Foreign Food Recipes to Make at Home
Take a culinary journey with these delicious foreign food recipes you can make at home. From French onion soup to Italian pizza and Swiss fondue, there’s something for everyone.
Fans of spicy food will love Mexican fajitas and Jamaican jerk chicken. Those with a sweet tooth are sure to enjoy Austrian apfelstrudel and Black Forest gateau from Germany.
Apple strudel has been popular in Austria since the 1800s. This tasty combination of apple, cinnamon, raisins and filo pastry is best served straight out of the oven. Serve it with ice cream or whipped cream and garnish with cherries or fresh mint.
- 4 Granny Smith apples
- 6 sheets filo pastry
- 100g granulated sugar
- 50g melted unsalted butter
- 25g sultanas
- 2 tsp ground cinnamon
- Heat oven to 190°C, gas mark 5.
- Peel, core and dice the apples.
- Cook the apples with the sultanas, cinnamon and 75g of sugar in a frying pan on medium heat until golden brown.
- Allow to cool to room temperature.
- Line a large baking tray with a baking sheet.
- Lay 1 filo sheet on the baking tray, brush with melted unsalted butter and sprinkle on 1 tsp of sugar.
- Add another filo sheet, brush with butter and sprinkle on sugar.
- Repeat with the remaining filo sheets.
- Spoon the apple and cinnamon mix onto the filo sheets, leaving a 2.5cm space at the edges.
- Fold the filo edges over into a neat roll.
- Brush with the remaining butter, sprinkle on the sugar and transfer to the oven.
- Bake for around 30 minutes until golden brown.
- Allow to cool for around 10 minutes before serving.
Black Forest Gateau
This rich chocolate cake is thought to have been invented by pastry chef Josef Keller in 1915. He passed the recipe on to August Schaefer whose son, Claus, is the owner of Café Schaefer in Triberg. You can sample an authentic Black Forest gateau there or try making it yourself with the following recipe.
- 400g jar of cherries in kirsch
- Small punnet of fresh cherries to decorate
- 100g flour
- 150g caster sugar
- 2 tbsp corn flour
- 6 medium eggs
- 450ml double or whipping cream
- 150g chocolate
- 50g cocoa powder
- 50g icing sugar
- 150g unsalted melted butter
- Extra butter for greasing cake tins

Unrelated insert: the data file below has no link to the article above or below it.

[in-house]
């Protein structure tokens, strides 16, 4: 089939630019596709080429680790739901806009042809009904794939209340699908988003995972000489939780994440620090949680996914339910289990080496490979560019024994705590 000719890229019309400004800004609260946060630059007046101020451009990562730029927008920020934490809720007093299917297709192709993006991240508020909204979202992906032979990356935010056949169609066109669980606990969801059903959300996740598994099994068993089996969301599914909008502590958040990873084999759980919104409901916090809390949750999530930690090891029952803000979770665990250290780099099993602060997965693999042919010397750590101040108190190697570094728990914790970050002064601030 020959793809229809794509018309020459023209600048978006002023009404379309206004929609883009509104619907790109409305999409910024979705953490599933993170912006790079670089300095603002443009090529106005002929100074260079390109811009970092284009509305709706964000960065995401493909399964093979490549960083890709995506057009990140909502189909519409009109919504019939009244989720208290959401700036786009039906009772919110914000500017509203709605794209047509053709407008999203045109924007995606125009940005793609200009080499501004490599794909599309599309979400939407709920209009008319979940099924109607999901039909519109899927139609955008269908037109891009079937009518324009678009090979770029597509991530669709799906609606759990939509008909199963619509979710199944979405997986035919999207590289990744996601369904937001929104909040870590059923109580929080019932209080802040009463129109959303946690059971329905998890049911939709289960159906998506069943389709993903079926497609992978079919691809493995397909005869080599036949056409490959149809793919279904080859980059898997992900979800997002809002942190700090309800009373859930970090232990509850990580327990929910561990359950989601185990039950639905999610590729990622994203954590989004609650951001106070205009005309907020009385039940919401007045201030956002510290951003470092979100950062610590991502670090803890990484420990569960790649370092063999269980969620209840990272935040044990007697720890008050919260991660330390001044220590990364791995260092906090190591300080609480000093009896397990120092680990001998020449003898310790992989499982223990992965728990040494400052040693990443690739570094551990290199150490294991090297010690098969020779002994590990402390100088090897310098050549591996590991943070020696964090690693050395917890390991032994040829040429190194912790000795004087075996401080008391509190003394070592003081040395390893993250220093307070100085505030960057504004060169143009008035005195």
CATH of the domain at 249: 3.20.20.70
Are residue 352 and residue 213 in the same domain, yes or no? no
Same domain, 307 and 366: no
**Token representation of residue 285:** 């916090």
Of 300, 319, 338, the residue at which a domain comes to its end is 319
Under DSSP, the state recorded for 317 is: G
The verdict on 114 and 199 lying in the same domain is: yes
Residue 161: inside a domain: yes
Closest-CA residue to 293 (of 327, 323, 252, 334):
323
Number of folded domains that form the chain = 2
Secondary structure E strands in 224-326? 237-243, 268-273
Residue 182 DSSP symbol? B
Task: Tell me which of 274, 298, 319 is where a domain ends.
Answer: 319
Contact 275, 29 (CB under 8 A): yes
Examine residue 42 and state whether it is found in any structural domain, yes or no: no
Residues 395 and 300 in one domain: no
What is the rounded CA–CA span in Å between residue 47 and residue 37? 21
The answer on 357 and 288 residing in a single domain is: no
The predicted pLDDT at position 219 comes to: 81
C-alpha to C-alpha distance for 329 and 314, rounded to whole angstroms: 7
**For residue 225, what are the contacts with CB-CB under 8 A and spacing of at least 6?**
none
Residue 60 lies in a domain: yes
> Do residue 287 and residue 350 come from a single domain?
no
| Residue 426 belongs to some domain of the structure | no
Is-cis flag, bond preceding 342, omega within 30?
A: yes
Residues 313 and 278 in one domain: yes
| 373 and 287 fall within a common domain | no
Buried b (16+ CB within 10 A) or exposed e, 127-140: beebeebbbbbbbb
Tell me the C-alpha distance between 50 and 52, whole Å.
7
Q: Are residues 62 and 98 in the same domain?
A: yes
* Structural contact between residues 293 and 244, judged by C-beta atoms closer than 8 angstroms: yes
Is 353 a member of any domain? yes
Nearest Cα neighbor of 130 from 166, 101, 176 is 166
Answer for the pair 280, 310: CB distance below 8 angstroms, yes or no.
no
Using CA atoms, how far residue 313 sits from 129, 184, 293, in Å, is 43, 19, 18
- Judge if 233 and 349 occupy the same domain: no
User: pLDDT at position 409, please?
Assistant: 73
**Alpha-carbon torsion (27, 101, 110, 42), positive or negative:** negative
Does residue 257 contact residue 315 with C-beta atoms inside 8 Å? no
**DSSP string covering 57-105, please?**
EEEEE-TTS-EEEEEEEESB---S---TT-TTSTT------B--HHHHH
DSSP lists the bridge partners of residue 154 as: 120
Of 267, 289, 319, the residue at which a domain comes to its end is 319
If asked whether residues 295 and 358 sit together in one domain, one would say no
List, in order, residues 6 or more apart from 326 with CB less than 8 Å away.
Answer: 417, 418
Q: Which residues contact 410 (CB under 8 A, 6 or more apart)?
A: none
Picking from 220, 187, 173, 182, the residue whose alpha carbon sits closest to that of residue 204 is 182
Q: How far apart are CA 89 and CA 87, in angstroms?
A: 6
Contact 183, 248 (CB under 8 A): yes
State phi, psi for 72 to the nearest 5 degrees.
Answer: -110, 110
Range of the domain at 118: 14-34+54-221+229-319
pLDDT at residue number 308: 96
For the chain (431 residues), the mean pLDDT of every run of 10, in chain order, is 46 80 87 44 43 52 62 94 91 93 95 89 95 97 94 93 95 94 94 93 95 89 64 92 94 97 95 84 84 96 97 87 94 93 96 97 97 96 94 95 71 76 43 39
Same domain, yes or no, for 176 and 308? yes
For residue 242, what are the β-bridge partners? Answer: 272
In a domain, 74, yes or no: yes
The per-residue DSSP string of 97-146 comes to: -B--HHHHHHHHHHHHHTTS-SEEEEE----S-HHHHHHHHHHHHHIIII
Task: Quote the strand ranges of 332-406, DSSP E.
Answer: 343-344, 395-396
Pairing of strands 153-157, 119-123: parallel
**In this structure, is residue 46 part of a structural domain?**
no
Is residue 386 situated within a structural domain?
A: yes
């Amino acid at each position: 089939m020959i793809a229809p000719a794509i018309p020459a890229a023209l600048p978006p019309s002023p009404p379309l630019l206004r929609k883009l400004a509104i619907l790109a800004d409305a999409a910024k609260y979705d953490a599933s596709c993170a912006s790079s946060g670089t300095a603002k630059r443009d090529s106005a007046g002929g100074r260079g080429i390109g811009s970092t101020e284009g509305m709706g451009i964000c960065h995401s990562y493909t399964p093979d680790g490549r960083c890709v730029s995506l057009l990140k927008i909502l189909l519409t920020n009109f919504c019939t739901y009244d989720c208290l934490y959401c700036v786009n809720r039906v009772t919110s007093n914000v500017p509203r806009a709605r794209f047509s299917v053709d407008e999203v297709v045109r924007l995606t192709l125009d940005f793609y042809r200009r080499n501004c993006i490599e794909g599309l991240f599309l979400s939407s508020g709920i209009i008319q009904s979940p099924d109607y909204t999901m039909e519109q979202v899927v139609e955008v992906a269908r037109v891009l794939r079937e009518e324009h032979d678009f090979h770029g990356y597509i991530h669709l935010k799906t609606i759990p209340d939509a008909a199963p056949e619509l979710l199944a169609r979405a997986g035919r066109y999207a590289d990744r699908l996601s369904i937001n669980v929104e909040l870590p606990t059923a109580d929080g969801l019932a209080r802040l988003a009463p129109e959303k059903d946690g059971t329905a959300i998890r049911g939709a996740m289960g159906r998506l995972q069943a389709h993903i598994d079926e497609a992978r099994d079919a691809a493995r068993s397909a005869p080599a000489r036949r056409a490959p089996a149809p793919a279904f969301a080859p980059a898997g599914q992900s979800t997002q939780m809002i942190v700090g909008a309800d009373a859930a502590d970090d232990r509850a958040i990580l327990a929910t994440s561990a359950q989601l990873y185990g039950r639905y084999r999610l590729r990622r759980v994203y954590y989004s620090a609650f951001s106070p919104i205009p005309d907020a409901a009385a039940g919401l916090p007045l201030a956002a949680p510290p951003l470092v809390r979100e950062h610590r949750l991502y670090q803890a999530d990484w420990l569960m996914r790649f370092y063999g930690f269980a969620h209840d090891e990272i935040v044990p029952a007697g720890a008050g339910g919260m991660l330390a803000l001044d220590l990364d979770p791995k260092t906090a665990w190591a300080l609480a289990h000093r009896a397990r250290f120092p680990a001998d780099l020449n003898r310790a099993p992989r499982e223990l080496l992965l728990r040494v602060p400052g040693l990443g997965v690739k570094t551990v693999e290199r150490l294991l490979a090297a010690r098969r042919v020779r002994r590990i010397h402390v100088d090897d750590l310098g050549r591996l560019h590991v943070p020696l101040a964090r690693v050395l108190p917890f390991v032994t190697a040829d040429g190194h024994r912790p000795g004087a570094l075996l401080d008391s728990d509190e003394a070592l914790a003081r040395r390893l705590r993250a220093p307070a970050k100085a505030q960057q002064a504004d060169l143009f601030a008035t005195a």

- Preheat oven to 180°C, gas mark 4.
- Grease 3 cake tins and line their bases with baking paper.
- Whisk the eggs in a large mixing bowl.
- Fold in the flour, sugar, melted butter and cocoa powder.
- Pour the cake mixture into the tins and bake for around 20 minutes. Use a metal skewer to check that they’re cooked through.
- Allow the cakes to cool on a baking rack.
- Shave the chocolate using a cheese grater, potato peeler or sharp knife, then chill the shavings in the fridge.
- Drain the can of cherries, saving the liquid. Chop into quarters.
- Place cornflour in a small saucepan and add the cherry liquid. Bring to a boil over medium heat and simmer for two minutes. Remove from the heat and allow to cool.
- Whip the cream in a large mixing bowl. Spread over the cakes.
- Spoon the cherry mixture onto each cake.
- Stack the cakes together and top with shaved chocolate and fresh cherries.
A hearty winter dish that will warm you up after a day on the ski slopes! Fondue became popular in the 1930s when the Swiss Cheese Union promoted it as a way to get people to eat more cheese.
- 500g grated Gruyere
- 500g grated Emmental
- 125ml white wine
- 50ml kirsch
- 1 tsp cornflour
- 1 baguette
- Heat the wine in a saucepan, gradually adding the cheese and stirring until completely melted.
- Add the kirsch.
- Add the white wine and stir until smooth.
- Serve with a baguette broken into small pieces.
Mexico and the USA
This tasty Tex-Mex dish originated in the Rio Grande Valley, Texas. Mexican cowboys were given skirt steak as part of their pay, and ate it wrapped in a warm tortilla. These days, fajitas are often served with chicken as well as beef.
- 2 large skinless chicken breasts, cut into slices
- 6 medium tortillas
- 1 peeled and diced onion
- 1 diced red pepper
- 1 diced green pepper
- 1 lime, juiced
- 2 crushed garlic cloves
- 4 tbsp olive oil
- 1 tbsp ground coriander
- 1 tbsp smoked paprika
- Pinch of cumin
- 5 drops of Tabasco sauce
- Ready-made tomato salsa to serve
- Spritz a large frying pan with cooking spray and warm on a medium heat.
- Combine the coriander, paprika, cumin, lime juice, garlic cloves and Tabasco sauce in a large bowl.
- Add the chopped onion and peppers and chicken to the bowl and coat thoroughly.
- Cover the tortillas in foil and warm in the oven at 200°C, gas mark 6.
- Cook the chicken mixture in a large saucepan until tender and remove from the pan.
- Divide the mixture between the tortillas.
- Serve rolled up, with salsa on the side.
French Onion Soup
According to legend, French onion soup was invented when King Louis XV was stranded in a hunting lodge and the only cooking ingredients available were onions, butter and champagne. These days, white wine is used rather than champagne.
- 750g sliced onions
- 100ml dry white wine
- 125g grated Gruyere cheese
- 25g butter
- 2 crushed garlic cloves
- 1 tbsp vegetable oil
- 2 tsp plain flour
- Pinch of salt
- 2 beef or vegetable stock cubes
- 1 baguette
- Optional sprigs of parsley to decorate